For of course dissenters often do not think the Church is wrong; they could not marshal articulate arguments for their view. They often feel the Church is “parochial”: That it is holding a narrow, blinkered view, sans awareness of the wider possibilities.

    They disregard the Church’s arguments (such as those offered by Kreeft) not because they have located errors in those arguments, but because they come to the conversation presuming that they are going to teach and the Church, on hearing them, is going to suddenly open her eyes wide with wonder and say, “Wow, I had no idea there was such a broad landscape outside my cell of Tradition.” The minds of dissenters, impregnated with this attitude, are impregnable to reason.

    So I decided to channel Gilbert a bit, and put the shoe on the other foot: It is actually the dissenters who are “parochial,” who are blinkered, who are ignorant of the wider world.

    For at all historical moments save our own, and at some times when women were the greatest saints living and love of Mary was at its most heartfelt and chivalrous…women, even saintly women, did not call to be ordained, and if anyone else asked it on their behalf, no one knows of it and the notion was unpopular.

    And in all cultures save our own which has become so sexually confused, rebellious, and unhappy, the notion has seemed absurd.

    And were the Church to take this step in the West, all other Particular Churches at all other times would reject this diseased member as a cancerous growth. The church would be thrown into schism. In Asia, Africa, and elsewhere, they think we’re entirely insane to be even taking the question seriously…and they have a point.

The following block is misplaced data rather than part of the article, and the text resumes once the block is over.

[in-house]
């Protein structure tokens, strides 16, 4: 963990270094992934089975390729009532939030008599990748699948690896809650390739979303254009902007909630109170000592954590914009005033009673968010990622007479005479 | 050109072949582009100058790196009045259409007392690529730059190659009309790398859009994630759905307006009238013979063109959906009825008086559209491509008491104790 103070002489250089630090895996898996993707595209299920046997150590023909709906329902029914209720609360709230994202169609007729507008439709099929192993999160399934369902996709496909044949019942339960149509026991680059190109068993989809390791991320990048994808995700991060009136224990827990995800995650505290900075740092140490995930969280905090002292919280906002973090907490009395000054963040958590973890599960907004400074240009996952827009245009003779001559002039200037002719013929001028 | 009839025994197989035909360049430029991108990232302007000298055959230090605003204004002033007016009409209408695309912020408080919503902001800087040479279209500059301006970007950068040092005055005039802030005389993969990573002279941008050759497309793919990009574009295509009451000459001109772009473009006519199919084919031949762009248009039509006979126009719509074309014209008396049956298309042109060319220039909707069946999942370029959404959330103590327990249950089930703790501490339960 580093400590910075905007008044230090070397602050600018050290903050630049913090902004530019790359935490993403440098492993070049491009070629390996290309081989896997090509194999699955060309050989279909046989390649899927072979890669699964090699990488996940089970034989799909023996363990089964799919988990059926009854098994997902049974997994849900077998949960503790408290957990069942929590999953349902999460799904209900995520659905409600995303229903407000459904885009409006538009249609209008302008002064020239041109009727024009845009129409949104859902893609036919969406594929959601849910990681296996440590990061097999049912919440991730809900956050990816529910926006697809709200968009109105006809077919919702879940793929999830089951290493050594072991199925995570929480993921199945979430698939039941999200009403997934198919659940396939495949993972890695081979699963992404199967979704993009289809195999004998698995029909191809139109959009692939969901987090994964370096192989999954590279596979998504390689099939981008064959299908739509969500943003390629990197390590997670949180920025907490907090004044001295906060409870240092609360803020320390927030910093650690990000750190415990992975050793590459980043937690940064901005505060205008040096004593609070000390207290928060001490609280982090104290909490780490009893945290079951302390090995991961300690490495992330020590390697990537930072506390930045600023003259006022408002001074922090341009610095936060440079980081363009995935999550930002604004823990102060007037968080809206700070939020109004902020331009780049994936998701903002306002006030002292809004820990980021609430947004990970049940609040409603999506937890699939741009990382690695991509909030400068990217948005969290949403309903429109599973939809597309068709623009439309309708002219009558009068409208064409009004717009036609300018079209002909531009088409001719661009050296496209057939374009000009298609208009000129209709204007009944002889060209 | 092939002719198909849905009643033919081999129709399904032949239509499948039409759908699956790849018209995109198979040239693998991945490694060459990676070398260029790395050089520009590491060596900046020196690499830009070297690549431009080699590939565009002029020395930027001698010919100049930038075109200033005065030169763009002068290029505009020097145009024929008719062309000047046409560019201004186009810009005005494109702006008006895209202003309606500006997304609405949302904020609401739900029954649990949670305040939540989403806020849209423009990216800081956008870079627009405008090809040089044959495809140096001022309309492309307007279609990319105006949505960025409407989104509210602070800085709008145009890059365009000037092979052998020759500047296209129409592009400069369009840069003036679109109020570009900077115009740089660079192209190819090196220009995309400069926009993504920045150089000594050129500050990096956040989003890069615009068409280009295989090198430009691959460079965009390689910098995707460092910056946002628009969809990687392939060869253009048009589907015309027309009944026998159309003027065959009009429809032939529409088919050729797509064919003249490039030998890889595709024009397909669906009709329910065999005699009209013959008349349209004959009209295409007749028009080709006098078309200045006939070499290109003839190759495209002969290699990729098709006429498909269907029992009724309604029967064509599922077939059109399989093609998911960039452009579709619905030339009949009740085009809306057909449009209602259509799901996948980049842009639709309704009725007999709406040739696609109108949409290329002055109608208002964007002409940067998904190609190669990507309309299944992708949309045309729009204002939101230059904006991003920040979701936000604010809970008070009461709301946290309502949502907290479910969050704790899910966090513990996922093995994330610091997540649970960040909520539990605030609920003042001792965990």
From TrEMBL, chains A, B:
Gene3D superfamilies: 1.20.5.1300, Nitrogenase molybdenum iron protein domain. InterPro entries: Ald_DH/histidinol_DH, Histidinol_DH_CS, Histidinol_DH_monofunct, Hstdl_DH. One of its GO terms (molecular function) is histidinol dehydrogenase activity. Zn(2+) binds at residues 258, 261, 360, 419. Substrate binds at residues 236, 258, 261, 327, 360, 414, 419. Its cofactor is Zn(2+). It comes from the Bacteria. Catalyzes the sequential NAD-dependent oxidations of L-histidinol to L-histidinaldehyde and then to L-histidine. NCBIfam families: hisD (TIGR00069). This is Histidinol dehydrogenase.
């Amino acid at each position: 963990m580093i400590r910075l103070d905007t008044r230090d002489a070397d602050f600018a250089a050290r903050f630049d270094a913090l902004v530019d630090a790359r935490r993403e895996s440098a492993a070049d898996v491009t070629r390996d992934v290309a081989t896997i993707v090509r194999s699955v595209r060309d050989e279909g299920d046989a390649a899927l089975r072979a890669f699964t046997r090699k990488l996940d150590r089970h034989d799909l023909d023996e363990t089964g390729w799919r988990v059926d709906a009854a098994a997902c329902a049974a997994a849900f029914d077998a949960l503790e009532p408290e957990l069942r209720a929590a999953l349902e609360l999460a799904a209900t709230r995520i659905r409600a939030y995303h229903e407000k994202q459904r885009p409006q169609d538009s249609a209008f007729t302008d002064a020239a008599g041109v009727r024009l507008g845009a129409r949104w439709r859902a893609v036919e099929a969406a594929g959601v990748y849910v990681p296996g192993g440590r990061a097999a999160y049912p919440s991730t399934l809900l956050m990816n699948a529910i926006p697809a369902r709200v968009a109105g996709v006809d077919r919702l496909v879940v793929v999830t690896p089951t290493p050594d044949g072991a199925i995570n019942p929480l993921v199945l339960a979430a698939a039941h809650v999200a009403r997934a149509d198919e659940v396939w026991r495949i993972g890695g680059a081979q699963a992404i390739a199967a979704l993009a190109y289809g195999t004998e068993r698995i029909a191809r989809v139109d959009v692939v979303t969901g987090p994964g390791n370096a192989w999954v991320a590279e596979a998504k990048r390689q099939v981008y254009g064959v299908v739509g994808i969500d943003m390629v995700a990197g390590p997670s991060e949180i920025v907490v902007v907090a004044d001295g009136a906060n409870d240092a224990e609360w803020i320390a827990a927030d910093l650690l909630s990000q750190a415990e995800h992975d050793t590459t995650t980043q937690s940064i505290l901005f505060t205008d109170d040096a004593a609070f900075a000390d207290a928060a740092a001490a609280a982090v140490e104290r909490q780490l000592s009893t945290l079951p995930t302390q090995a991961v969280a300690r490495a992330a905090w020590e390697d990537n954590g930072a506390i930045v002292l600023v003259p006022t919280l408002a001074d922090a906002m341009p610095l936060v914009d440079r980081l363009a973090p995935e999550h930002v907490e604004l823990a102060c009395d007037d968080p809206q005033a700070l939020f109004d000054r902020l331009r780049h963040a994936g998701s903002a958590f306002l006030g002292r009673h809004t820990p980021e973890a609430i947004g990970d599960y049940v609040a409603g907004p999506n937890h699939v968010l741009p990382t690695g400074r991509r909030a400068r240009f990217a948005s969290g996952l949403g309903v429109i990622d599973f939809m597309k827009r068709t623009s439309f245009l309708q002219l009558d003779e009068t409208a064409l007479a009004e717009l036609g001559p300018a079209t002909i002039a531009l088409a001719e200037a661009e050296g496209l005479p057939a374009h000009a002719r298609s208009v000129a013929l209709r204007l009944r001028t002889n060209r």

So the reality is: Why should the church take seriously, except to seriously condemn it, the radical notions of a tiny minority of her children swept up in a fad of muddy thinking, a fad confined to their own clique in (generously) a half-century window of time, in the most ivory-towered, cloistered stratum of academia, in a country as confused about the morality of sex as an 18th-century South Carolinian slave-owner was about the morality of property ownership?

    That’s the right perspective. For the dissenters, the knowledge of how rare, isolated, widely-dismissed, ill-informed, and ignorant of history and the wider world they truly are is bitter medicine, but if a verbal slap is what it takes for them to get correct perspective, then it is called for. They walk in with the air of a lecturer when they have yet to begin to learn.

  • Jay S

    An excellent article. My only compliant it that it was too short. A longer article with a lot of references to religions that have ordained priests and the negative consequences would be nice. For example, since the Episipalt Church began accepting women priest, membership has fallen almost 50%. Another thirty years from now the Episicpla Church will go the way of the Shakers.

    Yes, the Magesterium is the final word. But to quote the Magesterium, especially in the secular world is like quoting fairy tales. Most people dismiss it out of hand. By having hard evidence to talk to people on their level, you can change minds.

  • david pence

    Response to RC
    well said